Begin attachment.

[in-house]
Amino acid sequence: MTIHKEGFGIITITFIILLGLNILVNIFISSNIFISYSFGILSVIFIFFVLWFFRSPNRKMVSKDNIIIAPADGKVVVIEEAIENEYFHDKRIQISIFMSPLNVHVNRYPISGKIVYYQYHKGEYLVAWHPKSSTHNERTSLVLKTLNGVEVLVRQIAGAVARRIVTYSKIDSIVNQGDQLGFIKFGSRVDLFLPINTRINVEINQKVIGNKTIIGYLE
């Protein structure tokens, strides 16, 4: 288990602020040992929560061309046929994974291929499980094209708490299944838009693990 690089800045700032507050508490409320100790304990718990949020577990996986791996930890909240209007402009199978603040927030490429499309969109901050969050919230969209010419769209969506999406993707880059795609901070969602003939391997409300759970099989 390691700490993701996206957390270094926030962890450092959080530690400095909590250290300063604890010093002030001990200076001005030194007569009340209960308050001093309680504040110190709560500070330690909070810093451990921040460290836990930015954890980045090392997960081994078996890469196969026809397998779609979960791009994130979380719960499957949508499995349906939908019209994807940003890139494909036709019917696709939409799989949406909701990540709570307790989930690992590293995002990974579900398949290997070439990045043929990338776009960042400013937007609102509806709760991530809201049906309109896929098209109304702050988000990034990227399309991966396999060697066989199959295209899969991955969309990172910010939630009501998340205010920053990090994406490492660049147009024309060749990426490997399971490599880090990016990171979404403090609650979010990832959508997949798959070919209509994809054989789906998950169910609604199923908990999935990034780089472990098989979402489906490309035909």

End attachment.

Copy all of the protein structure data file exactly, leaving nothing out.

[in-house]
Amino acid sequence: MTIHKEGFGIITITFIILLGLNILVNIFISSNIFISYSFGILSVIFIFFVLWFFRSPNRKMVSKDNIIIAPADGKVVVIEEAIENEYFHDKRIQISIFMSPLNVHVNRYPISGKIVYYQYHKGEYLVAWHPKSSTHNERTSLVLKTLNGVEVLVRQIAGAVARRIVTYSKIDSIVNQGDQLGFIKFGSRVDLFLPINTRINVEINQKVIGNKTIIGYLE
């Protein structure tokens, strides 16, 4: 288990602020040992929560061309046929994974291929499980094209708490299944838009693990 690089800045700032507050508490409320100790304990718990949020577990996986791996930890909240209007402009199978603040927030490429499309969109901050969050919230969209010419769209969506999406993707880059795609901070969602003939391997409300759970099989 390691700490993701996206957390270094926030962890450092959080530690400095909590250290300063604890010093002030001990200076001005030194007569009340209960308050001093309680504040110190709560500070330690909070810093451990921040460290836990930015954890980045090392997960081994078996890469196969026809397998779609979960791009994130979380719960499957949508499995349906939908019209994807940003890139494909036709019917696709939409799989949406909701990540709570307790989930690992590293995002990974579900398949290997070439990045043929990338776009960042400013937007609102509806709760991530809201049906309109896929098209109304702050988000990034990227399309991966396999060697066989199959295209899969991955969309990172910010939630009501998340205010920053990090994406490492660049147009024309060749990426490997399971490599880090990016990171979404403090609650979010990832959508997949798959070919209509994809054989789906998950169910609604199923908990999935990034780089472990098989979402489906490309035909």